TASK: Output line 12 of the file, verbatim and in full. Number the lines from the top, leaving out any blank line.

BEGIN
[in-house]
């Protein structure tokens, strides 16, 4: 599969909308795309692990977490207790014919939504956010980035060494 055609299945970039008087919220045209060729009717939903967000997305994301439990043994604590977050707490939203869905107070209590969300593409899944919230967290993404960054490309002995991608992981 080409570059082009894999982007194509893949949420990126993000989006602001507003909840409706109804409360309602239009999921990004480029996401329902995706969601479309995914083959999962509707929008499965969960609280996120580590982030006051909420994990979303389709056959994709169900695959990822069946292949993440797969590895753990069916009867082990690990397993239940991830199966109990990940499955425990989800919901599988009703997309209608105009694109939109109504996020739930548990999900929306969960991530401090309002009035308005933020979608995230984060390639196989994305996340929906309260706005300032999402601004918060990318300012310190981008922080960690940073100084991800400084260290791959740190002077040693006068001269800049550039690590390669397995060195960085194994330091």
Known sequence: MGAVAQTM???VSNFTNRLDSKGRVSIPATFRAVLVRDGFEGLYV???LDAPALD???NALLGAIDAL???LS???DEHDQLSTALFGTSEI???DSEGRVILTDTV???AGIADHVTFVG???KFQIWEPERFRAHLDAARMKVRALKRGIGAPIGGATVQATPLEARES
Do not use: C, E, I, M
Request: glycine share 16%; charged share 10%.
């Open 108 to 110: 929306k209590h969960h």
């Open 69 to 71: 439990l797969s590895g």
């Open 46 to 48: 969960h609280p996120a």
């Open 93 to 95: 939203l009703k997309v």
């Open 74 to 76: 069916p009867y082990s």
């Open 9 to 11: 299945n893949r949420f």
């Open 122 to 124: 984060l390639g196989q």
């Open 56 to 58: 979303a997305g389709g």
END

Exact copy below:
């Open 122 to 124: 984060l390639g196989q």